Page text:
Who Made this Mess?

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  • Create Date January 6, 2020
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Who Made this Mess?

Created by

Hollie Moscovitz



An Inquiry and Opinion activity using The Cat in the Hat. For small groups of 4th – 6th grade English Speakers, this is an activity to practice the Negotiation Skill of Inquiry and the English language skill of Oral Proficiency / Social Interaction, specifically, Expressing an Opinion. I will use the PATHWAYS Vocabulary Sentence Stems for inquiry and expressing an opinion, and a classic, rhyming children’s book.


Learning Objectives

  • Students will learn about the concept of inquiry, asking good questions to understand someone else’s thoughts, interpretations and conclusions.
  • Students will learn more mature wording, using more advanced vocabulary and sentence stems, to ask good questions.
  • Students will practice the skill of expressing opinions, specifically someone else’s opinion, as a means to check if, in fact, they did good inquiry and really understood their partner’s ideas, and also to learn to express opinions using more mature wording, and more high-level sentence stems and vocabulary that they are in the habit of doing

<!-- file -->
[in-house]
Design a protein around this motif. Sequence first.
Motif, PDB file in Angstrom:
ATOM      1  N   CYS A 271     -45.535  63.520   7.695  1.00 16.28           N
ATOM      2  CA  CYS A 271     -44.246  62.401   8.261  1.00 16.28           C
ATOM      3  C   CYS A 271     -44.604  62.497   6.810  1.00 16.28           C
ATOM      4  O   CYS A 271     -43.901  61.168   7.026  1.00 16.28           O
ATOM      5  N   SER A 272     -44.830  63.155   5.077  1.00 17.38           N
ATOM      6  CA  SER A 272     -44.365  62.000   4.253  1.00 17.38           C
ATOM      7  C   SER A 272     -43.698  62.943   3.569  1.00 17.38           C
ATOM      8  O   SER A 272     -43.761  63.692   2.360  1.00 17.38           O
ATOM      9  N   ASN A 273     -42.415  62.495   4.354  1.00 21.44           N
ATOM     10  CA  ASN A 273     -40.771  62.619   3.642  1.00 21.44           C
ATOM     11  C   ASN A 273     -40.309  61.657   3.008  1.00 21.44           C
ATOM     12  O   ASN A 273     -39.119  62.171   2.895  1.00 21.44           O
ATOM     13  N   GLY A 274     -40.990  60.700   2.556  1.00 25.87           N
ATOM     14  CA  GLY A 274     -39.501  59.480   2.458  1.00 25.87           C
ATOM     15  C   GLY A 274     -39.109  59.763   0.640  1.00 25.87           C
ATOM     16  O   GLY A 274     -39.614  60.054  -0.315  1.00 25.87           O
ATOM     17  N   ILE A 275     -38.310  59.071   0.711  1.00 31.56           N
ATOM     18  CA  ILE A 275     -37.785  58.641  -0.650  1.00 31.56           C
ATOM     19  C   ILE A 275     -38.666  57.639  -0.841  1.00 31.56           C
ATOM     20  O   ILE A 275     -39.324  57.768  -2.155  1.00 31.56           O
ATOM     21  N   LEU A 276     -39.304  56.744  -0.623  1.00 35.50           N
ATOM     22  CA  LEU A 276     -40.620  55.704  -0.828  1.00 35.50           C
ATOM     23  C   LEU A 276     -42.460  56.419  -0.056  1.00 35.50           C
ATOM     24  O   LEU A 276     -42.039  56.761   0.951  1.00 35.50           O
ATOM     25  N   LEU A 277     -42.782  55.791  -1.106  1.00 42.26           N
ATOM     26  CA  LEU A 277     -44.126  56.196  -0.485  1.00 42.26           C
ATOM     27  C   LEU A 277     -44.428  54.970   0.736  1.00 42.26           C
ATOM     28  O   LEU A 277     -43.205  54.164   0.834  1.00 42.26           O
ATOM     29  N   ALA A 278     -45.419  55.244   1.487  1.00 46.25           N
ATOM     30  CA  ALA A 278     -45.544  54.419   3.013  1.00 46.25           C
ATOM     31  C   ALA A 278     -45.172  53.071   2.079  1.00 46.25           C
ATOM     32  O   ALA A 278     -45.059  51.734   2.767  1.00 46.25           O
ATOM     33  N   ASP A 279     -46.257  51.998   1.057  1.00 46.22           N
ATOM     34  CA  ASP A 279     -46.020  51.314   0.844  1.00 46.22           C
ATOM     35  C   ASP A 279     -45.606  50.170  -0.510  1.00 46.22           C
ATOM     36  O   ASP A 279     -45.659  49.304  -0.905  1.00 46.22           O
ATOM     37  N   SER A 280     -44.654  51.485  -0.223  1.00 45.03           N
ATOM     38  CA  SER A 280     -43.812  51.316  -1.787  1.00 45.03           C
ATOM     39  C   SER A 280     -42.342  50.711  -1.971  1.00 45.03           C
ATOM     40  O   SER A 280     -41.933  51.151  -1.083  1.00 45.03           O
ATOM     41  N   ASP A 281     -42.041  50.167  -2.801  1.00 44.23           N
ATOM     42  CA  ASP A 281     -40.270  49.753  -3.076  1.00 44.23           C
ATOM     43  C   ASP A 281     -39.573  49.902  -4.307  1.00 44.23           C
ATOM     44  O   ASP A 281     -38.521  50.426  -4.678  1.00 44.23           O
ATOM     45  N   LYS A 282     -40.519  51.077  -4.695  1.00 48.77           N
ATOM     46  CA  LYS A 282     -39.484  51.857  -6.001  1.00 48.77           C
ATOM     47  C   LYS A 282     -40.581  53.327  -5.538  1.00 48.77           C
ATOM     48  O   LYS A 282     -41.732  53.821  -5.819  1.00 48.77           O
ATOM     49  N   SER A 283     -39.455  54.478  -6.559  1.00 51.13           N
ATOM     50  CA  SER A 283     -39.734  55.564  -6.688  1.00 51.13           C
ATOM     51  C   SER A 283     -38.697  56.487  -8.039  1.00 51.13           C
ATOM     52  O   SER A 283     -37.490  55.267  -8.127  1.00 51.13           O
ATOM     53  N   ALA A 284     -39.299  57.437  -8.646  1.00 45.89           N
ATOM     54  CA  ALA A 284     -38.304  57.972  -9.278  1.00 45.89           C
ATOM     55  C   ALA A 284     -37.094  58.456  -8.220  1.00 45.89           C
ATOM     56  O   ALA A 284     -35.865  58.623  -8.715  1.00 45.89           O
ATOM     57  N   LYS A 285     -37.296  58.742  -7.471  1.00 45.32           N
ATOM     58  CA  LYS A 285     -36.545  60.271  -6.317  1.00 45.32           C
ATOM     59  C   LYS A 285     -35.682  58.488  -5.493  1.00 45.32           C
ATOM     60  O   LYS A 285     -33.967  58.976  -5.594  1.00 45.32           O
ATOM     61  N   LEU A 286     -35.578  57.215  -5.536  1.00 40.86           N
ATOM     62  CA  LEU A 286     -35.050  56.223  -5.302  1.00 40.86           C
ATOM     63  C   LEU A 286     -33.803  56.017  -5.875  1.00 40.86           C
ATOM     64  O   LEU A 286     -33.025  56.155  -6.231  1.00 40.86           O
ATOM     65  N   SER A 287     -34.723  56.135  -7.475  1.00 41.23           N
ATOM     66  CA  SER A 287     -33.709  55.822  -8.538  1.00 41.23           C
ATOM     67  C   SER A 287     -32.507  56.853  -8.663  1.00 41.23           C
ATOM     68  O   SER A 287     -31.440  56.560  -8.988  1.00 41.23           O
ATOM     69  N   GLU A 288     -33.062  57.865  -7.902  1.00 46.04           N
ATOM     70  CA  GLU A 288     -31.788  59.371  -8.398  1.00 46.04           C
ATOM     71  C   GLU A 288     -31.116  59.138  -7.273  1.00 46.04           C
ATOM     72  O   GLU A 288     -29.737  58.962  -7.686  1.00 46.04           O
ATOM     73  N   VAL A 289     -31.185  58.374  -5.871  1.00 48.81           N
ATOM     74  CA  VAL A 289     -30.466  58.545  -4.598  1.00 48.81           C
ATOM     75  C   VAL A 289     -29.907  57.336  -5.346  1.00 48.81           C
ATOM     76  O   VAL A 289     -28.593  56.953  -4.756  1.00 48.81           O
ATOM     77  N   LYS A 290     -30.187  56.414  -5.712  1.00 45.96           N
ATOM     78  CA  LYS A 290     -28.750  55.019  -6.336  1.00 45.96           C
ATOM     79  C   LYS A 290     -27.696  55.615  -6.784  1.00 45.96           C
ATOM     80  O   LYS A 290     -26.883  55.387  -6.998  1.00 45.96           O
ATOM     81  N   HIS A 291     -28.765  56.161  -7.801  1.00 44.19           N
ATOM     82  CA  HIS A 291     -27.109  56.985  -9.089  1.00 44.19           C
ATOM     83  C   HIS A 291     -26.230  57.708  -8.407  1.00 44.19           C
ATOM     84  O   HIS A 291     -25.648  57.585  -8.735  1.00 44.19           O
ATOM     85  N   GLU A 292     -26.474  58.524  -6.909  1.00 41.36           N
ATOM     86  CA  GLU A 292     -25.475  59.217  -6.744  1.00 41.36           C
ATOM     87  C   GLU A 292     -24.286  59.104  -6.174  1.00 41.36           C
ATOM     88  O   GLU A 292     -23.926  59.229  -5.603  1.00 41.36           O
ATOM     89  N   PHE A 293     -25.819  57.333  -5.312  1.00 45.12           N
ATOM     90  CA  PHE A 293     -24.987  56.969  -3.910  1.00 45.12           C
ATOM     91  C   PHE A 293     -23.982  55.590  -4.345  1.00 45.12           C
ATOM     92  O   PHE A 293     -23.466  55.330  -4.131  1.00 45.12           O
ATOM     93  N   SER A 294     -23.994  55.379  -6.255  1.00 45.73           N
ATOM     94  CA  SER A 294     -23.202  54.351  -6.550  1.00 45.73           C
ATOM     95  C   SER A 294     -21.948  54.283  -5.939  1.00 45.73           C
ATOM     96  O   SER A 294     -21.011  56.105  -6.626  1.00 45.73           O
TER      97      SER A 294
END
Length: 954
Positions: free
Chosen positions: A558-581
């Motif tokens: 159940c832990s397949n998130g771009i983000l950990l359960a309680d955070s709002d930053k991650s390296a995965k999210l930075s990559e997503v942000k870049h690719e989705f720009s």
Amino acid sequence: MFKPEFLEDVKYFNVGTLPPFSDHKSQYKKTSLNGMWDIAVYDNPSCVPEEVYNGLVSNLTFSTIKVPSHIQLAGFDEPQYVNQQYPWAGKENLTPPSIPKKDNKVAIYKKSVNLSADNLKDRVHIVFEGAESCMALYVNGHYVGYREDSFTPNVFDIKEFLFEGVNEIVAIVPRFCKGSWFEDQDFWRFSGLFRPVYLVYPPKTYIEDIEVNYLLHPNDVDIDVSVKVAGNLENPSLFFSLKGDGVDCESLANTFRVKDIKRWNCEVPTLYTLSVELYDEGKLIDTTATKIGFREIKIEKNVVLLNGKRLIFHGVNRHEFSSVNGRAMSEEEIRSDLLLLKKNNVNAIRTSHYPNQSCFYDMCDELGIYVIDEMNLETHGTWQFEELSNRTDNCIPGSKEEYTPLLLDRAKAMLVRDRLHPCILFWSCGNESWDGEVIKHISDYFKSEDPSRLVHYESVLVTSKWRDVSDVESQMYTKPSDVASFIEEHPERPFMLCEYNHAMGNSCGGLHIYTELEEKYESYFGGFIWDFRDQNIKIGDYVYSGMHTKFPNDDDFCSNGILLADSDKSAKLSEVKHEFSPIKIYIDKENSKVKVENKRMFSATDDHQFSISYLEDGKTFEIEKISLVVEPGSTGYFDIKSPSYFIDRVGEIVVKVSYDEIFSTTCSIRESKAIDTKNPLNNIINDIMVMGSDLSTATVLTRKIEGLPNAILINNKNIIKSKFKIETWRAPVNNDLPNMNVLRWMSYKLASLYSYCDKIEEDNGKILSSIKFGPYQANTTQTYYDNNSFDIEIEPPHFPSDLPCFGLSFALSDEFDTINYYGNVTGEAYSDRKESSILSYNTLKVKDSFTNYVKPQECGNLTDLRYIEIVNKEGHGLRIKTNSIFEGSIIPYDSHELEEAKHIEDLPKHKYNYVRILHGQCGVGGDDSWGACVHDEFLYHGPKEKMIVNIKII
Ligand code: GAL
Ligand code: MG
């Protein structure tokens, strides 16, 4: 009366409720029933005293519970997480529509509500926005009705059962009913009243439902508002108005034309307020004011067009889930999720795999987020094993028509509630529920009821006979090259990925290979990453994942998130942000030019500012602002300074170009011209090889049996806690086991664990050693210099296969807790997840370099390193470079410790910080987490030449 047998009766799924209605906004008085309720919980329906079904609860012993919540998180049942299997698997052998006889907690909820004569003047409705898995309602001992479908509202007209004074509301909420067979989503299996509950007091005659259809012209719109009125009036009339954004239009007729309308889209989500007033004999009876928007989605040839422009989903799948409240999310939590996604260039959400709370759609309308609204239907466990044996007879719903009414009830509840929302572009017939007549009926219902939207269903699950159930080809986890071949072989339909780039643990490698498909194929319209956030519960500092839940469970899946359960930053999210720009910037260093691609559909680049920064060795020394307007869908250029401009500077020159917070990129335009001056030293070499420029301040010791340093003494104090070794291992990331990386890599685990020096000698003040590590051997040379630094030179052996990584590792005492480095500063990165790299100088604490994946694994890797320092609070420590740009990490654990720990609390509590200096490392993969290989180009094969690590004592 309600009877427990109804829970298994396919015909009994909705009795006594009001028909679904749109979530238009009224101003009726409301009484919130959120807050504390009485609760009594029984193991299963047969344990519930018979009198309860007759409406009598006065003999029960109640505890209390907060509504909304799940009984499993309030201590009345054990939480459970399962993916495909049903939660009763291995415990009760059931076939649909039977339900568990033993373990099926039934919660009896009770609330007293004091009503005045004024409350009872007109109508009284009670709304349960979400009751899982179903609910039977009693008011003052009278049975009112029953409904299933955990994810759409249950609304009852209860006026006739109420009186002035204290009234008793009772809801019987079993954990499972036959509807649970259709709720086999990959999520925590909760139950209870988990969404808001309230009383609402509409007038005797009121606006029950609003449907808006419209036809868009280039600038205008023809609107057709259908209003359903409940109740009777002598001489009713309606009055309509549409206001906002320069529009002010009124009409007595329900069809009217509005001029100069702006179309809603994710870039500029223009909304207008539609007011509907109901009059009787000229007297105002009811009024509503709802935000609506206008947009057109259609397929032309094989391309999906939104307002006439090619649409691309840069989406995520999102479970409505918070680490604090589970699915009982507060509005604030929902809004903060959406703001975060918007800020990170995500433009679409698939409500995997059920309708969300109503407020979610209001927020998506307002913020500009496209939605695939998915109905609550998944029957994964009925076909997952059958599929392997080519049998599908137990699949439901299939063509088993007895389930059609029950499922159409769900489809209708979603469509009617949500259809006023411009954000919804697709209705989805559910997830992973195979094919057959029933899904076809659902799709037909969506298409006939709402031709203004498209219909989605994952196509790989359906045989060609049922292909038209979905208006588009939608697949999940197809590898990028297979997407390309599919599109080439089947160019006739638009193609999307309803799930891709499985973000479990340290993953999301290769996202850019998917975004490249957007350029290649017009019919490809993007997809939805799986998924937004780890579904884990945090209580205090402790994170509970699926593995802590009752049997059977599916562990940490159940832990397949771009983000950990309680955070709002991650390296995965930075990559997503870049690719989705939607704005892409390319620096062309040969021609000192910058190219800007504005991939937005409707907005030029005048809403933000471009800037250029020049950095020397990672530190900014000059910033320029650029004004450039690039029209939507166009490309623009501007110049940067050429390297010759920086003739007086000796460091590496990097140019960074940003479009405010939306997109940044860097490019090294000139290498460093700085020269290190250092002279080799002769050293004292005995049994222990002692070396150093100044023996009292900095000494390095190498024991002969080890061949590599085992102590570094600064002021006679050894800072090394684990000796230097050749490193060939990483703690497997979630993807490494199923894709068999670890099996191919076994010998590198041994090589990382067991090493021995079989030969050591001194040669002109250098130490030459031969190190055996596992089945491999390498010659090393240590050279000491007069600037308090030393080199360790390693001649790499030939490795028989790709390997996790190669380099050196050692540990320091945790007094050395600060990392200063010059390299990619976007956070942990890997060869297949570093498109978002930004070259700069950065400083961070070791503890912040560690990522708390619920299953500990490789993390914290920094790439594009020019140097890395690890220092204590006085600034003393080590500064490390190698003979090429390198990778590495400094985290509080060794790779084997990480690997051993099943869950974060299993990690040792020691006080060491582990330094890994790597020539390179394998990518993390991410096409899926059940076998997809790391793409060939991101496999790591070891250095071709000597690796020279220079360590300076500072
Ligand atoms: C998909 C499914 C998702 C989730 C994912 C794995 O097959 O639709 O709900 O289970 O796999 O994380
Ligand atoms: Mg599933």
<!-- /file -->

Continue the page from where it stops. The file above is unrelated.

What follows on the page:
Lead-in / Preparation

  • The Cat in the Hat book by Dr. Seuss, to be read aloud by the teacher or using a recording such as: https://youtu.be/u4ziM0xWTmg
  • Sentence stem cards or pages from the PATHWAYS Sentence stems vocabulary pages – Inquiry and an adaptation of Advocacy
  • White board and markers


Estimated Class-Time Required

This activity takes one class hour of 45 minutes.


Description of Activities

The teacher explains what they will learn and do in this lesson. These kids are already fluent English speakers, but they need to learn to express themselves using higher level language than they are used to using, and they need to learn the negotiation skill of inquiry to uncover how someone else can hear the same story, yet draw different conclusions about who is responsible.


Step by step:

  1. Write on the top, center of the white board “Who is responsible for the mess?” and the characters scattered under the question “The Cat in the Hat”, “Thing One and Thing Two”, “the fish”, “the children (Sally and me)”, “the mother” (2 min)


  1. You are going to learn to inquire (ask questions) to understand someone else’s viewpoint and express opinions using high-level sentence starters (1 min. questions later, after the story)


  1. Now we’ll do active listening – pay attention to who is responsible for the mess, and note that it can be shared responsibility (more than one character can be responsible). Teacher read dramatically “The Cat in the Hat” by Dr. Seuss, in which a terrible mess is made. (10 mins)


  1. Pair off (2 min)


  1. Now, question each other about who is responsible for the mess using at least three of the inquiry sentence stems. Try to understand what your partner thinks and why. Teacher - present each of the 13 inquiry sentence stems and take any questions (10 min)